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Charlotte Lozier Institute

Phone: 202-223-8073
Fax: 571-312-0544

2776 S. Arlington Mill Dr.
#803
Arlington, VA 22206

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Charlotte Lozier Institute

Phone: 202-223-8073
Fax: 571-312-0544

2776 S. Arlington Mill Dr.
#803
Arlington, VA 22206

Life & the LawMaternal & Public Health

Medicaid Expansion’s Dramatic Effect on Tax-Funded Abortions in Key States

This summer many people are anticipating the Supreme Court’s ruling in King v. Burwell.  This case deals with whether health care exchange plans that are created by the federal government are eligible for federal tax subsidies.   Right now the federal government is effectively running exchanges in about 34 states, a third of which allow the participation of insurance plans with elective abortion coverage.  The ruling in this case has important implications for pro-life public policy. One major objection that pro-lifers had to the Affordable Care Act (ACA) was that it included taxpayer subsidies for exchange-based insurance plans that cover abortion.

 

Receiving far less attention, however, is another aspect of the ACA that has the potential to expand abortion just as dramatically. Namely, the ACA includes very generous subsidies for states to expand their Medicaid programs.  In National Federation of Independent Business v. Sebelius the U.S. Supreme Court ruled that the federal government could not use the prospect of losing current Medicaid funding to induce the  states to expand their Medicaid programs. However, approximately 29 states have accepted federal subsidies without the threat of penalty and expanded Medicaid on their own.

 

The concern pro-lifers have with Medicaid expansion is that 17 states use tax dollars to fund elective abortion through Medicaid. There is plenty of research which shows that subsidizing abortion through Medicaid increases abortion rates. Expanding the number of women of childbearing age eligible for Medicaid would doubtlessly increase abortion numbers even more.   There are other concerns pro-lifers have. In some states, low-income women who are otherwise childless are covered by Medicaid only if they are pregnant. This creates an incentive for many women to carry their pregnancy to term. However, if all low-income women are covered and remain covered after an abortion is paid for — the incentive to carry a pregnancy to term disappears.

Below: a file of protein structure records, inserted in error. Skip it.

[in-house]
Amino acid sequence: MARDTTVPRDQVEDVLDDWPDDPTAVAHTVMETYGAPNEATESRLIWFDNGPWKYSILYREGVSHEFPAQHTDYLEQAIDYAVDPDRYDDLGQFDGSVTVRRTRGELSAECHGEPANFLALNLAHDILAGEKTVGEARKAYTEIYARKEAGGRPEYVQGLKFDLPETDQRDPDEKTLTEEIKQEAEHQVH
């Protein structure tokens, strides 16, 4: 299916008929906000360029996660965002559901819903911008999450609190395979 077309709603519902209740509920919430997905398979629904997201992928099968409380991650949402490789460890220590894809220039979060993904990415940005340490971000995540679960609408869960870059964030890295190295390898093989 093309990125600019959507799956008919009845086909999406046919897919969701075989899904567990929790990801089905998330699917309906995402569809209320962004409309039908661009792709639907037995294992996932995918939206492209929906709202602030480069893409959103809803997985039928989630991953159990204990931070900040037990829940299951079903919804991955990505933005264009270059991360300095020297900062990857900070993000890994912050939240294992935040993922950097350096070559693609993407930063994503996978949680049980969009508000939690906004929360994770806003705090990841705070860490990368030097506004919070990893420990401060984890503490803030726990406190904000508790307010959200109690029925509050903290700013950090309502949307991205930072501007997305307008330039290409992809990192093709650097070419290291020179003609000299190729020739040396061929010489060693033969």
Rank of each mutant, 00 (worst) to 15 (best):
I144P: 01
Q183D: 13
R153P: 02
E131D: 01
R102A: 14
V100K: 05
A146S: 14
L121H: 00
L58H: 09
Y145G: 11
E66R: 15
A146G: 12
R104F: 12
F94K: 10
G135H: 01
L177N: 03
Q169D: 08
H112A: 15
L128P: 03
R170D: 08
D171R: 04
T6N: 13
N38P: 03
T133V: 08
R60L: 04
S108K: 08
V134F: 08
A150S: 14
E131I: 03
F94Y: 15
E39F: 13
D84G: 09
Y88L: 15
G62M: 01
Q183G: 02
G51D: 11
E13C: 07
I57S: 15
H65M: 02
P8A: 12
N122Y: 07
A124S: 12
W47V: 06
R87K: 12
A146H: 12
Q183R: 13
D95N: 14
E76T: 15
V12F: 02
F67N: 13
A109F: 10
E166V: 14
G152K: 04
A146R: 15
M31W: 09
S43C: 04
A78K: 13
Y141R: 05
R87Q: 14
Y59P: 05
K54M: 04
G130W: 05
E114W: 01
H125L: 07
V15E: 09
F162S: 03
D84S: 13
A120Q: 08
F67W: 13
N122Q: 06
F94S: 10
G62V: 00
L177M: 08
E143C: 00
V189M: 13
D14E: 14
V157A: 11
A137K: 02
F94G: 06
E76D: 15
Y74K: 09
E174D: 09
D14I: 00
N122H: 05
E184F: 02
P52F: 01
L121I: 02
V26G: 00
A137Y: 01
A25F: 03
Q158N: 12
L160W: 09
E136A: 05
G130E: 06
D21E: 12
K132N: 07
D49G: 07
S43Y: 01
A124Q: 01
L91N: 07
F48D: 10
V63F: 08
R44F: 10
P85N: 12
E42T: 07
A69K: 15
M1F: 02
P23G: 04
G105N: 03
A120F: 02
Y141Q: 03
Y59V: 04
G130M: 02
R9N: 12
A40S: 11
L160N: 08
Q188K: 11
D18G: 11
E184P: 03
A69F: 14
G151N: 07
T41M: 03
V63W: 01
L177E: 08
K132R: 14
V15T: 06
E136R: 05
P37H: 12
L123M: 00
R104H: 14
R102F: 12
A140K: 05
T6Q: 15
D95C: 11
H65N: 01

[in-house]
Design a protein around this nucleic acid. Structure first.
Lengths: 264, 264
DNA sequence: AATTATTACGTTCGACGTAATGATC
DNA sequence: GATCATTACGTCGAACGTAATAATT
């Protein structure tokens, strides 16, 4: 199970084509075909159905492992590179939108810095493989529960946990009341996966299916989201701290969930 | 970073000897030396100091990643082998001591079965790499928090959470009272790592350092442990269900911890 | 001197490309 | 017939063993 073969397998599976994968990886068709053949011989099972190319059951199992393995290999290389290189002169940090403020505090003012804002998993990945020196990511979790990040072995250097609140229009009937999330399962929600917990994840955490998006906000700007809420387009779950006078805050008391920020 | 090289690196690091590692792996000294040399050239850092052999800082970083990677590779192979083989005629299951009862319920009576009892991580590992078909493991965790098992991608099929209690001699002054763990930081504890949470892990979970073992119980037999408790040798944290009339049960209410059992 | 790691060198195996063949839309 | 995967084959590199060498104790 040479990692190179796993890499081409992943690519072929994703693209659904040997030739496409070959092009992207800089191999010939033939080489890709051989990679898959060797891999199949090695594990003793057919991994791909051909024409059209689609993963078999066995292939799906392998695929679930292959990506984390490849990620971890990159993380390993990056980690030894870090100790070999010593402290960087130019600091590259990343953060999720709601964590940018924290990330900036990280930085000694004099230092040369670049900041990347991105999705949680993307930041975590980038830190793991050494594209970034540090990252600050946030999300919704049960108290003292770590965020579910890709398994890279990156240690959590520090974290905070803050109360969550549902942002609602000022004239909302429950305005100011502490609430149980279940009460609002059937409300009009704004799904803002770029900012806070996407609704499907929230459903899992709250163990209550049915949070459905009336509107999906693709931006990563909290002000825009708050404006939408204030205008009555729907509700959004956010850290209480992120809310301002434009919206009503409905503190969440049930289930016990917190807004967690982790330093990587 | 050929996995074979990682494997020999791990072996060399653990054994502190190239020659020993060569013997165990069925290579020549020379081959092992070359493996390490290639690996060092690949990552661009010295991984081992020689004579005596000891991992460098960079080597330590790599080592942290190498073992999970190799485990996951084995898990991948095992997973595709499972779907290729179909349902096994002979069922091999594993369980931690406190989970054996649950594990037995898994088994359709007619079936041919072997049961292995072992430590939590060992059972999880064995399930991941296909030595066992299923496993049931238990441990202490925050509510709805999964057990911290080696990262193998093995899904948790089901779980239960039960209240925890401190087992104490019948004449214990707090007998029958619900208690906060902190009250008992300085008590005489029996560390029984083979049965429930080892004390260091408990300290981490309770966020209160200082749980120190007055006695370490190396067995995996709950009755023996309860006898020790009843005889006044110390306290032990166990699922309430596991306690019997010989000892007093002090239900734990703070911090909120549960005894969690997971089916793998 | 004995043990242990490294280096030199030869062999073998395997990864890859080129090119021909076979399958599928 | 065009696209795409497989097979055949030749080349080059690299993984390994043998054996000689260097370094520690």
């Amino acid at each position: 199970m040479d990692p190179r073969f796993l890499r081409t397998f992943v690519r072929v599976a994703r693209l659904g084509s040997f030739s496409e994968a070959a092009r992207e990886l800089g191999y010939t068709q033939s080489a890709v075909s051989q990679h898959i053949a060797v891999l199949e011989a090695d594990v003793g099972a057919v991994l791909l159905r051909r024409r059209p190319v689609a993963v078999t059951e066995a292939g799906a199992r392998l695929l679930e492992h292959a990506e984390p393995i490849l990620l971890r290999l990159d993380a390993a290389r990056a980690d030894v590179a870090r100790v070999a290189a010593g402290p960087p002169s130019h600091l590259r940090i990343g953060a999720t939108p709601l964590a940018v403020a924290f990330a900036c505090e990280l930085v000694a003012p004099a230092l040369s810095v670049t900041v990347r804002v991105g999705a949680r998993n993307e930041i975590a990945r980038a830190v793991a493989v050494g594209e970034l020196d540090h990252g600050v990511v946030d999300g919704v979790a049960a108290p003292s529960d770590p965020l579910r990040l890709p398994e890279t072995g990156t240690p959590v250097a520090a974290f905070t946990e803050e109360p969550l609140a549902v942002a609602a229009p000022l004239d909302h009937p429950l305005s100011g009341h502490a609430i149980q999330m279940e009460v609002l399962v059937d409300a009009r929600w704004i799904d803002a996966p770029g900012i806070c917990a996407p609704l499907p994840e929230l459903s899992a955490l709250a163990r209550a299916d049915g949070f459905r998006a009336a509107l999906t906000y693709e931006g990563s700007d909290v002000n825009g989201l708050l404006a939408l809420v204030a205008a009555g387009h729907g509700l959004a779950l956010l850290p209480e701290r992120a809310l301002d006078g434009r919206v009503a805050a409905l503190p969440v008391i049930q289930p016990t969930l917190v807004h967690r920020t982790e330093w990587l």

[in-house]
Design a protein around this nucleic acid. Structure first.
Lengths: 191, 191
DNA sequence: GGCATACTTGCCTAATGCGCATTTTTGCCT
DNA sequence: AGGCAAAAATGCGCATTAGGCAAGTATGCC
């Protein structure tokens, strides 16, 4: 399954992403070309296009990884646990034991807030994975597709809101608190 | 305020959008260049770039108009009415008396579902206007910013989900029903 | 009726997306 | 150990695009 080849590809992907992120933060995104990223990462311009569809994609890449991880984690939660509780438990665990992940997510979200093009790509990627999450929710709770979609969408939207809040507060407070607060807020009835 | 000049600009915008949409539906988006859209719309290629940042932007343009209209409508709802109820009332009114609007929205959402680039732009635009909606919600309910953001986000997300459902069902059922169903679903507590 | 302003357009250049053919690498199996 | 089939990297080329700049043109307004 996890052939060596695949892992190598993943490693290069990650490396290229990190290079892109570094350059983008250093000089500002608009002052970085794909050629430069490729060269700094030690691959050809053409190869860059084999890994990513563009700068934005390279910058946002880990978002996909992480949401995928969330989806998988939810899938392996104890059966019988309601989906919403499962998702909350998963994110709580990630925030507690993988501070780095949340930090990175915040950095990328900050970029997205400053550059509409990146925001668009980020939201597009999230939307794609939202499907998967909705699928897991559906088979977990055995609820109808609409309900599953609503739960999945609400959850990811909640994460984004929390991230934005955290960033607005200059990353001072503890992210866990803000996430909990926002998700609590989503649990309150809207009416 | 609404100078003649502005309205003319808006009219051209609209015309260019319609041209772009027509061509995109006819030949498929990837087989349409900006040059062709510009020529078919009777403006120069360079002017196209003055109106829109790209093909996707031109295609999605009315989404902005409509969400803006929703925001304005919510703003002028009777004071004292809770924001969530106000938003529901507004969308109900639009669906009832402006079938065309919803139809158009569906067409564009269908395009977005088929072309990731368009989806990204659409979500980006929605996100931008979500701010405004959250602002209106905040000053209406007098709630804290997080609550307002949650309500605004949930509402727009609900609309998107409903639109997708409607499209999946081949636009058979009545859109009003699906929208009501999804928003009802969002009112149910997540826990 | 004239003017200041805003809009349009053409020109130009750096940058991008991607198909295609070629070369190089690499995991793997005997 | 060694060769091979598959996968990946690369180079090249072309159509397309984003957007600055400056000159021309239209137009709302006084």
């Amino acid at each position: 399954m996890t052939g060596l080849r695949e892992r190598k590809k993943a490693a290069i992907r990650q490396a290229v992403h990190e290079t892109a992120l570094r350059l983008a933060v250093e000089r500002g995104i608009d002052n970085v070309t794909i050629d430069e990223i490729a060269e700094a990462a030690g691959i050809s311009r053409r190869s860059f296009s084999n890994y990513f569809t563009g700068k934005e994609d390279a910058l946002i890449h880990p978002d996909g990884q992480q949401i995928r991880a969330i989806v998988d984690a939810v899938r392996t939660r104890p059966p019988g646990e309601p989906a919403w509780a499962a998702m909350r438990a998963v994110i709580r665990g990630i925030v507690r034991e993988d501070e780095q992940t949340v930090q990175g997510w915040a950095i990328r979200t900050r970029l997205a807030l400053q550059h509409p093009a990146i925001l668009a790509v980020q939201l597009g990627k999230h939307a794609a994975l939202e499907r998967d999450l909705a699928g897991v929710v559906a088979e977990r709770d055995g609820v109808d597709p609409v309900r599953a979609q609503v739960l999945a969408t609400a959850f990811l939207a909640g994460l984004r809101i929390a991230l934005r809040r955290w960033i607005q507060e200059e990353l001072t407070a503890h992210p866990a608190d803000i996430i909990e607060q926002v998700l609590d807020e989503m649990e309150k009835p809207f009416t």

Overall, abortion numbers have been consistently declining for decades.   However, in states that fund abortion through Medicaid a Charlotte Lozier Institute review of the data shows that the percentage of total abortions in those states that are publicly funded has increased dramatically.  For instance, in 1990 only 24 percent of total abortions performed in Washington state were funded by Medicaid.  By 2010 that figure increased to over 67 percent.  Similarly, in 1990 only 11 percent of all abortions performed in Vermont were funded by Medicaid. By 2010 that figured had reached 55 percent. Continued Medicaid expansion has the potential to undermine a great deal of pro-life progress and thrusts taxpayers into a position of being majority shareholders in the abortion industry of these states.

 

Here is a full table on the change in abortion funding percentages in the 17 states that cover elective abortions through their health insurance program for the poor:

 

Medicaid Expansion 17 States_M_New
(Abortion funding through Medicaid, 1990-2010)

 

Michael J. New is an Assistant Professor at The University of Michigan – Dearborn and an Associate Scholar with the Charlotte Lozier Institute. Follow him on Twitter @Michael_J_New 

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